Home Field

Archive results:

¿Somos Mamás, Verdad?: Motherhood as a Recombination of “Home” and “Field”

The week of my daughter’s first birthday party, I learned I was pregnant with our second child. I was preparing for a yearlong ethnographic fieldwork stay in Mexico City, to research the experience of deafness from the perspectives of deaf youth and their families. I quickly re-organized my research timeline to fly home at the midway point of my fieldwork to give birth, and return to Mexico City soon after. Though I did not have a theoretical framing for it at the time, I realize now that this arrangement exemplifies “patchwork ethnography” which draws attention to “how anthropologists have been innovating methods and epistemologies to contend with intimate, personal, political, or material concerns” (Günel et al. 2020). In this essay, I ask: how does being a mother and mothering in the field contribute to my ethnographic enterprise? And: how can reflecting on “motherhood” help identify points of resonance with mothers and children in the field and also disentangle imbalances that persist between researcher and participants?

Read More »

Greening, Browning, and the Myth of Sustainability: A Conversation with Melissa Checker and Brie Berry

In her book, The Sustainability Myth: Environmental Gentrification and the Politics of Justice (2020, NYU Press), Melissa Checker explores the drivers and consequences of environmental gentrification in New York City. Based on ethnographic work with community activists in and beyond Staten Island, Checker traces the process through which sustainability programs and policies lead to “greening” in some (privileged, wealthy) communities and “browning” in others.

Read More »

What Happened in Georgia? On Suburbs and Other Anthropological Blind Spots

On January 6, 2021, as a mob of white Trump supporters stormed the US Capitol, voters in Georgia inaugurated a new era by delivering a key victory for Biden and the Democratic Party. While confirming the status of Georgia as a new battleground state, the elections also revealed that this battle is increasingly being fought in the suburbs, particularly in once-Republican, majority-white communities now home to growing numbers of Black, Asian, and Latinx residents. What have we done, as anthropologists, to understand these places and their growing social and political polarization? Here, Elisa Lanari takes a look at the insurgent publics and resurgent white politics of suburban Atlanta by reflecting on ongoing transformations in her fieldsite of Sandy Springs, Georgia.

Read More »

On “Making Global MBAs”: Nazli Azergun in Dialogue with Andrew Orta

In his 2019 book, Making Global MBAs: The Culture of Business and the Business of Culture, Andrew Orta delves into the world of the MBA education—one of the most prestigious of graduate programs in the United States and the world—to show how they engage with and incorporate culture in their professional practice. In revealing how MBAs convert unique cultural specificities into manageable risk factors, Orta also surveys the history of business education and critiques its streamlining disposition towards a complex world and its problems. In this piece, Nazli Azergun converses with Andrew Orta on navigating business settings as an anthropologist, delicacies of conducting ethnographies in organizations, dialogues across sub-fields of anthropology, and the current condition of universities under neoliberal governance regimes.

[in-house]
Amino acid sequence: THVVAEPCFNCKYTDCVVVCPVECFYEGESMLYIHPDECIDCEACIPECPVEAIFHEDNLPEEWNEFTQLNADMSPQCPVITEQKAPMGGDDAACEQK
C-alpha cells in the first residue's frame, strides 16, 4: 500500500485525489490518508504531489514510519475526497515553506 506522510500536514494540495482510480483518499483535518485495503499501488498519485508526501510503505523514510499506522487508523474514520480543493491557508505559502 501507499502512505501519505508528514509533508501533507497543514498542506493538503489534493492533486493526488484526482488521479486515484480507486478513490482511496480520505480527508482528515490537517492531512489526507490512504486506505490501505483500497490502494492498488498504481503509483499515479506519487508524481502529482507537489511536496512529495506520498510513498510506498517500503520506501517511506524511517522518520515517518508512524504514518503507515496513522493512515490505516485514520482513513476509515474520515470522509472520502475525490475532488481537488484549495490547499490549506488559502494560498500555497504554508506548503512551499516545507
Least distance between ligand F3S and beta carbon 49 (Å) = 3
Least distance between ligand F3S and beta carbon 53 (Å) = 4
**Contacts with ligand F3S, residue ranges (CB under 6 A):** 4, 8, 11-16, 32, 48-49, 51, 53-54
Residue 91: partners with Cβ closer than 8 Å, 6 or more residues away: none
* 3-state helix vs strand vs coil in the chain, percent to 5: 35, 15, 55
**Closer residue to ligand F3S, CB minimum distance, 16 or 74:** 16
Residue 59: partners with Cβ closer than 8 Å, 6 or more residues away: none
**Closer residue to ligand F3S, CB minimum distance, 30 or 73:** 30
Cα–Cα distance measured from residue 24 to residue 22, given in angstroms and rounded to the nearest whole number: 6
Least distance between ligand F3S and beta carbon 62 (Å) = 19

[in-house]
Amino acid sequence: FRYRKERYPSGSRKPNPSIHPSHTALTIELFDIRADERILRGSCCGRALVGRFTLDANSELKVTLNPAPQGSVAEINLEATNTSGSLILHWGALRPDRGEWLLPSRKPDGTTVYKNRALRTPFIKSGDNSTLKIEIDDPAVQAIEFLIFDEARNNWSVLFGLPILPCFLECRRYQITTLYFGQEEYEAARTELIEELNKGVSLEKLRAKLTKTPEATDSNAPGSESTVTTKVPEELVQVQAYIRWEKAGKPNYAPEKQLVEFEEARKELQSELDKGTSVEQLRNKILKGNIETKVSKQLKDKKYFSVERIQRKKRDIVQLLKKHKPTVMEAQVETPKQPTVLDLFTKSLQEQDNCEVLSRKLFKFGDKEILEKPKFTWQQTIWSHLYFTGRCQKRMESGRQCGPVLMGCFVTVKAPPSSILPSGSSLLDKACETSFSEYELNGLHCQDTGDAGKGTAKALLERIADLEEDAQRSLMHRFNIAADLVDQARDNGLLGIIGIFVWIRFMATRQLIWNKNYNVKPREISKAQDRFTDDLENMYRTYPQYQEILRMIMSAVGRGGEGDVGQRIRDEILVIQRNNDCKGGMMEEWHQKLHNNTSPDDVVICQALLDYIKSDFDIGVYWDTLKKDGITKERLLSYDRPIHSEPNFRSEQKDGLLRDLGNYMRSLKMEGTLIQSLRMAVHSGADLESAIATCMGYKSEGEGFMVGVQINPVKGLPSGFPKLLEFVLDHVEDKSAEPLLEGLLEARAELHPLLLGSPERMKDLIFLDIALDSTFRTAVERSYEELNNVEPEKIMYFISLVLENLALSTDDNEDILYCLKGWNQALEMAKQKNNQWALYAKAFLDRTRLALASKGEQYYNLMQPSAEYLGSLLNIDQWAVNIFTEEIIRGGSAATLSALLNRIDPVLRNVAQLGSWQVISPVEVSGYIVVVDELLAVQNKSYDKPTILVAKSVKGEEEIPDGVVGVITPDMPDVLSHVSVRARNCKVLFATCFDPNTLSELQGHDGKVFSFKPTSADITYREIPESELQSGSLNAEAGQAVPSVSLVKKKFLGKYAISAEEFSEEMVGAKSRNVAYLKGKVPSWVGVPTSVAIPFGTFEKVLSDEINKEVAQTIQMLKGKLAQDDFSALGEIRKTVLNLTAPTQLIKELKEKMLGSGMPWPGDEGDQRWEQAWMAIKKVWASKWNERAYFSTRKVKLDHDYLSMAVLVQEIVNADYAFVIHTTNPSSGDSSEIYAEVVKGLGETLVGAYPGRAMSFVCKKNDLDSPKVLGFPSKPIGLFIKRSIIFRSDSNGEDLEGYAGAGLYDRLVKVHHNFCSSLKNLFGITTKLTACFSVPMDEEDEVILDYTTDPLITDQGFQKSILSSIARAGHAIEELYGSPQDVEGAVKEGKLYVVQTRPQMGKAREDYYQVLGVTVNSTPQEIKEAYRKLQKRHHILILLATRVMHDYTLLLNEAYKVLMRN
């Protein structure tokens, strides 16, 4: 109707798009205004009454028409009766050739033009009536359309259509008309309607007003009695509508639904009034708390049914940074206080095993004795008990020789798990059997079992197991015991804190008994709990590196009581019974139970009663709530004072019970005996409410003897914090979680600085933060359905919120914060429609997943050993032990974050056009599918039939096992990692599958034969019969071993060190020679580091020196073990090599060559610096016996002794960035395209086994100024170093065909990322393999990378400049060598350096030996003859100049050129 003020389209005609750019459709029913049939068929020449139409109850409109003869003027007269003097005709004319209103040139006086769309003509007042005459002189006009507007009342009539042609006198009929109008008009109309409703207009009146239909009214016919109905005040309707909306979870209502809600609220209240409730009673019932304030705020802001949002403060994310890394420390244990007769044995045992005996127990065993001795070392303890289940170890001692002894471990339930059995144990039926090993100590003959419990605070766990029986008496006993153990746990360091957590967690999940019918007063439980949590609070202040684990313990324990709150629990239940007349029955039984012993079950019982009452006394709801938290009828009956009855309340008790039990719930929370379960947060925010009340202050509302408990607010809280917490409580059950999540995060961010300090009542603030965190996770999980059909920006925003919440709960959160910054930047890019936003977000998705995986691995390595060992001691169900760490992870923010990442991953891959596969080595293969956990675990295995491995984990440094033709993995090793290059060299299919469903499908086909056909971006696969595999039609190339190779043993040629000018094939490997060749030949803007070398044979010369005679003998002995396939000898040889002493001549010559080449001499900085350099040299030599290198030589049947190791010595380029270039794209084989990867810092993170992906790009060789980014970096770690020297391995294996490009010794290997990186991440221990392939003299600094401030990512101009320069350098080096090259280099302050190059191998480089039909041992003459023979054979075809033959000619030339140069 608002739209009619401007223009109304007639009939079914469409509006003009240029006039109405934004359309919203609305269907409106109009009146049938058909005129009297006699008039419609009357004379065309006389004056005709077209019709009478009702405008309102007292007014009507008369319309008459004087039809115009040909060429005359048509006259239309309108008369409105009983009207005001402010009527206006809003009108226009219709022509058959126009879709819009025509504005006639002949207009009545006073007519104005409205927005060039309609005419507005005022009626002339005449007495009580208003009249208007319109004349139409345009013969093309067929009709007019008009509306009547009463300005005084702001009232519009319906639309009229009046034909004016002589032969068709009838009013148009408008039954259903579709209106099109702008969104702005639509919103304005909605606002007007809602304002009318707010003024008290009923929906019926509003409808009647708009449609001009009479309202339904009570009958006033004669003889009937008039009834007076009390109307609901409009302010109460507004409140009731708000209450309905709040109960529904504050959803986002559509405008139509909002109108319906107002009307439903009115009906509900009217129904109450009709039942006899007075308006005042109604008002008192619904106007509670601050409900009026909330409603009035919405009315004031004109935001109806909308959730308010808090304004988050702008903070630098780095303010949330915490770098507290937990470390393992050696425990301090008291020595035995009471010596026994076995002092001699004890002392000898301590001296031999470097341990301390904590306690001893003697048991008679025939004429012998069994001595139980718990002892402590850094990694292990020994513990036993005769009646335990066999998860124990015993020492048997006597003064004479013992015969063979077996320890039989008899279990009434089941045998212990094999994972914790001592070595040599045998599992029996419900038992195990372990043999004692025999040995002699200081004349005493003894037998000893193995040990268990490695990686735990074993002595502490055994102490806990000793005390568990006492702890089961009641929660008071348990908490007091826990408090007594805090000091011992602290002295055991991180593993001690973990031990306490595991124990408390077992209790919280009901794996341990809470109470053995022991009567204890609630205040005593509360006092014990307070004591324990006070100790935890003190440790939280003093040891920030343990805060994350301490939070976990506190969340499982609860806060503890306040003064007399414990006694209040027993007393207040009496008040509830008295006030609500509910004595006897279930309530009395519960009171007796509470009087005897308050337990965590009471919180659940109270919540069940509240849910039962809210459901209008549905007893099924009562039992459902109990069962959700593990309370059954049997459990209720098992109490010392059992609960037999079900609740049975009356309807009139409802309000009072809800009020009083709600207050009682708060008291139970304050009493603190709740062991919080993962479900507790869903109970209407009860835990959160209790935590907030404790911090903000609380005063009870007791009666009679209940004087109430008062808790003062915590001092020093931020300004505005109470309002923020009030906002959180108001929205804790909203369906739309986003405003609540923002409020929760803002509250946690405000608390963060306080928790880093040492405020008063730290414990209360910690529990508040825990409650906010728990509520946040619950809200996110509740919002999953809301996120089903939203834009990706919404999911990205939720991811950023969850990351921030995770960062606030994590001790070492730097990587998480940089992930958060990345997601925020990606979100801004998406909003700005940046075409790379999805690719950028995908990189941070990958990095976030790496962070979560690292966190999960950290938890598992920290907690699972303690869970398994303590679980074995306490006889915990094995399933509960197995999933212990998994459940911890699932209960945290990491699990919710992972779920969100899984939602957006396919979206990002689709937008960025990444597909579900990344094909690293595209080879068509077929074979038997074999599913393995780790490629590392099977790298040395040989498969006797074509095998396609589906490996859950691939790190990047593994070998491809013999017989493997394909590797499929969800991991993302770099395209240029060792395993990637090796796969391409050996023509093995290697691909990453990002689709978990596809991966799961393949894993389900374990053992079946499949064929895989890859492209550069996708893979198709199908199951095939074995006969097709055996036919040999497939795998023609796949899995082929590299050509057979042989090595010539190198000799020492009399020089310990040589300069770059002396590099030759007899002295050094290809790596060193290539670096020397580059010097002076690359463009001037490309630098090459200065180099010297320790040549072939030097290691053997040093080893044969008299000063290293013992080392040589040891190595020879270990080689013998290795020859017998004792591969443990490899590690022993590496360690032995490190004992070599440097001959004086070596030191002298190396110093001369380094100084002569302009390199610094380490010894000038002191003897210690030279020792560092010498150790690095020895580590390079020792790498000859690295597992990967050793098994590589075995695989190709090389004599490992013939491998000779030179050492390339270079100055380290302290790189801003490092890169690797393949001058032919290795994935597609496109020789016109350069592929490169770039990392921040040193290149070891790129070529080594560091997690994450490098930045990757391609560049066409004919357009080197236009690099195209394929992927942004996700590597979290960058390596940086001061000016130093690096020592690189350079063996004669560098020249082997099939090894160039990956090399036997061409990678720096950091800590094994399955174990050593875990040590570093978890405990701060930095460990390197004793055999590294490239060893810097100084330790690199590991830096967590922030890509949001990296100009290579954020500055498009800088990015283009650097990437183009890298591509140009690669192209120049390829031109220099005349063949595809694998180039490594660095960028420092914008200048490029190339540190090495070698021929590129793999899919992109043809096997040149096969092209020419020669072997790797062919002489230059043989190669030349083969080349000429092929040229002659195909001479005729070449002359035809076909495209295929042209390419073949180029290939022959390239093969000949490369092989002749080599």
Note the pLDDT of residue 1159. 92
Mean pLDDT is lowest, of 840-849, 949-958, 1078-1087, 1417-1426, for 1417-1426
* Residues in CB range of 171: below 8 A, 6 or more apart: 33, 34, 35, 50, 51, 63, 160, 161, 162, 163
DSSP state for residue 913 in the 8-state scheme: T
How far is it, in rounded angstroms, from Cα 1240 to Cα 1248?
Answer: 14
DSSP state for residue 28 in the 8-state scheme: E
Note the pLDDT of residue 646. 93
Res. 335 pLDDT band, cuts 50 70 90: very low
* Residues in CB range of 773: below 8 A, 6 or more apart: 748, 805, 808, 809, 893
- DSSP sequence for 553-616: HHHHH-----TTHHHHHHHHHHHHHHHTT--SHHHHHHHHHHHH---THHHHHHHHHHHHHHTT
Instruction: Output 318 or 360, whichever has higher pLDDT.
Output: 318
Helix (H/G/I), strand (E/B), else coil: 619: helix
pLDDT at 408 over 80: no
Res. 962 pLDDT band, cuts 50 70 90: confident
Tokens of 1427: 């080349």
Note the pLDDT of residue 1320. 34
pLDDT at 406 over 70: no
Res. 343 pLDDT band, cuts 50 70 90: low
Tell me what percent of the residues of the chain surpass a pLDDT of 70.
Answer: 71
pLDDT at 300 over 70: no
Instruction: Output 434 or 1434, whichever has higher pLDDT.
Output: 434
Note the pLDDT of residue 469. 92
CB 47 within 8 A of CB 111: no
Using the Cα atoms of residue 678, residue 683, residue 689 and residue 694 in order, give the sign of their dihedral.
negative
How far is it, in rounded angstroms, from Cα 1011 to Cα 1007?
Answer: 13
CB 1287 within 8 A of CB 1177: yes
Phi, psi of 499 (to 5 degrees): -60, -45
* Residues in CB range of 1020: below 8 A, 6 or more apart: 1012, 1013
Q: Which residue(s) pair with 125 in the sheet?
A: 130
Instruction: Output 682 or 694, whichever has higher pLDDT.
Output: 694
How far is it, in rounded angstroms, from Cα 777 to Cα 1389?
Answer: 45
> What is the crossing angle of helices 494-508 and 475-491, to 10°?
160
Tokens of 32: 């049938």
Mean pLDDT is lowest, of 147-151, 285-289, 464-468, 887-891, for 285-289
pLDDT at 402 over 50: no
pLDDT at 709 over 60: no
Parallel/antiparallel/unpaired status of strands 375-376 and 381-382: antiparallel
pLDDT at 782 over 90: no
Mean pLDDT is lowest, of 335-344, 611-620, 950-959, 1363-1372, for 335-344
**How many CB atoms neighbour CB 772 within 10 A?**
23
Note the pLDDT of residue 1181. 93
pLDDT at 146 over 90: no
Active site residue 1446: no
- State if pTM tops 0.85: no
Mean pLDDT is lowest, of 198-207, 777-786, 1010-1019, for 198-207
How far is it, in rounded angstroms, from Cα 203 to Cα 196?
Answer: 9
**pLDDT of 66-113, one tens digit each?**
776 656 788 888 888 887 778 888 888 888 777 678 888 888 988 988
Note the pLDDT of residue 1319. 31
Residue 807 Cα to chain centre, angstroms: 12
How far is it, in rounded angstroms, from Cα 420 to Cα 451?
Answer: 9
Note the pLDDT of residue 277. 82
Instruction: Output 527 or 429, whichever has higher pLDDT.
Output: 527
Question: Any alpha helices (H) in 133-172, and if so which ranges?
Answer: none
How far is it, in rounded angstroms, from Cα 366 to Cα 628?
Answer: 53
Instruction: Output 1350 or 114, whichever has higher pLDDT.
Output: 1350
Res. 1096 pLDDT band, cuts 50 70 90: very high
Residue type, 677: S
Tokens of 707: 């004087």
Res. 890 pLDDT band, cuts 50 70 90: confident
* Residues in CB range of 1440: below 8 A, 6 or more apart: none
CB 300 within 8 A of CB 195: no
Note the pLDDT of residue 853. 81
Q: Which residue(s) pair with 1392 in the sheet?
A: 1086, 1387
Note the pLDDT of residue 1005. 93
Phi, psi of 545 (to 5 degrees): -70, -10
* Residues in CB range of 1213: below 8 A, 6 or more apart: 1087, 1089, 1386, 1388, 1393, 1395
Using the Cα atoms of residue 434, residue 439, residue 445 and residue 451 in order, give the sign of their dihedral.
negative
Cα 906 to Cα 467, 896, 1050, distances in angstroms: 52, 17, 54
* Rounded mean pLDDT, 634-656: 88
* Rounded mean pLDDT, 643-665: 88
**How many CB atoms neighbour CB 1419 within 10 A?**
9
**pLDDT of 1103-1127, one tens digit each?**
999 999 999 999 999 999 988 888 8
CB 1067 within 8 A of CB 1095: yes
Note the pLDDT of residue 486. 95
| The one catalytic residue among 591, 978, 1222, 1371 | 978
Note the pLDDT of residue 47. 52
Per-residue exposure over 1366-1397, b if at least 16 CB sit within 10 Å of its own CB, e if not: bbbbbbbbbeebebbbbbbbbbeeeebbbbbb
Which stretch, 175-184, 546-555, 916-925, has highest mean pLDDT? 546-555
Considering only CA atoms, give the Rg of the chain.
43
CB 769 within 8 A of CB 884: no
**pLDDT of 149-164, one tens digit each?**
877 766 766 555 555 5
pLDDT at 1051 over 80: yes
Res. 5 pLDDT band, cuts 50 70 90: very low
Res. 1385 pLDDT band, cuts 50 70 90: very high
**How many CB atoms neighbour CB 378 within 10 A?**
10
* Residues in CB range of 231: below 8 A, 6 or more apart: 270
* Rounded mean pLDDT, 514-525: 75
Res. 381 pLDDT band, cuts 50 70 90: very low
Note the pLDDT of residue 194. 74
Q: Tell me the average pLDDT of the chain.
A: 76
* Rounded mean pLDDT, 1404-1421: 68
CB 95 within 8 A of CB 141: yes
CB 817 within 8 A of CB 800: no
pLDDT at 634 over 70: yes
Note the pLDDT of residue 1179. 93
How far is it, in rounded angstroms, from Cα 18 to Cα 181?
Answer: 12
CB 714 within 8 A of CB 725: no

Read More »

On “Asian America” and Multiracial Solidarity: A Conversation between Jong Bum Kwon and Elizabeth Hanna Rubio

How are transgressive multiracial coalitions built and sustained? What are the affective and epistemological limits of individually-oriented “how-to” anti-racism work? With an ethnographic focus on Black-Asian solidarity work, what impasses in collective identity emerge to beg the question, what is Asian America? Home/Field brought Jong Bum Kwon and Elizabeth Hanna Rubio into conversation to discuss these and more themes, based on Rubio’s recent publication in Journal for the Anthropology of North America.

Read More »

Anthropologists Call on the Biden Administration to Cease the Separation of Im/migrant Families and the Detention of Children

We urge the Biden administration to cease separating im/migrant families through the misuse of public health policy Title 42 and to ease the myriad restrictions constraining individuals’ right to seek asylum, including the detention of children in all forms. In this statement and call to action, we draw on our expertise as anthropologists to historicize family separation and to argue for immediate action to defend the human rights of im/migrants and refugees.

Read More »

Stories on the Edge of the Sea

Visual Essay by Ryan Anderson

“And yet, like that single human figure, and the others throughout these images, we humans swim, play, contemplate, push back, and adapt. We persist. Despite the enormity and immensity and inevitability of it all.”

Read More »

Reimagining Native North America at the Field Museum: An Interview with Alaka Wali

Interview by Ana Croegaert

“In the past few decades some museums of ‘natural history’ have revisited their collections and reexamined their curatorial practices in efforts to shift away from grand narratives grounded in museums’ roles in imperial formations to foster spaces wherein artifacts can be engaged as dynamic and agentive, and as having the capacity to generate dialogue, disagreement, and affect among museumgoers.”

Read More »
Skip to content